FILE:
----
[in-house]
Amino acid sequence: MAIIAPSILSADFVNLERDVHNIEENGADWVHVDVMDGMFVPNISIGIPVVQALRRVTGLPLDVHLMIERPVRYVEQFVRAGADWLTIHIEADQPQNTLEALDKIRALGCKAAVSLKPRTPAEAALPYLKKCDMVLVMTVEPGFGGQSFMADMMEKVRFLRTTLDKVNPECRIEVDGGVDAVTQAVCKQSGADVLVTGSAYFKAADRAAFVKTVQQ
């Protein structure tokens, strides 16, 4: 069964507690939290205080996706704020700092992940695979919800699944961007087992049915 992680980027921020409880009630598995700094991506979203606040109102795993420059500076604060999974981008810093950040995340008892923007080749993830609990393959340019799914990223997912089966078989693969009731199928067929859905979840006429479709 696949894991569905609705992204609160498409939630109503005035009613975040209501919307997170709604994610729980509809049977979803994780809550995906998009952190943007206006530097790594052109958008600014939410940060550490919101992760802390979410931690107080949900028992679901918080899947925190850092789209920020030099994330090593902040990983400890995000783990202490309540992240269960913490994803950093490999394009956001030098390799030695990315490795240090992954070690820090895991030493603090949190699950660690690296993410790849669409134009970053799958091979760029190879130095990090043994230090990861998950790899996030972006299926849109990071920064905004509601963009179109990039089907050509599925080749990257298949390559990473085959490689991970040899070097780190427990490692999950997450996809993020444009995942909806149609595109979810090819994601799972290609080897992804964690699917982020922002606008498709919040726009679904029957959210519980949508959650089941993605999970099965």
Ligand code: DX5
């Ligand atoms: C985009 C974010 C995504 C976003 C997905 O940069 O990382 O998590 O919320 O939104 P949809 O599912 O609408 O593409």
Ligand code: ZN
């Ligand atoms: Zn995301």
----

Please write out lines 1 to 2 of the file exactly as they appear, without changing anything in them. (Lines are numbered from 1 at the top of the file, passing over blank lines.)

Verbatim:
[in-house]
Amino acid sequence: MAIIAPSILSADFVNLERDVHNIEENGADWVHVDVMDGMFVPNISIGIPVVQALRRVTGLPLDVHLMIERPVRYVEQFVRAGADWLTIHIEADQPQNTLEALDKIRALGCKAAVSLKPRTPAEAALPYLKKCDMVLVMTVEPGFGGQSFMADMMEKVRFLRTTLDKVNPECRIEVDGGVDAVTQAVCKQSGADVLVTGSAYFKAADRAAFVKTVQQ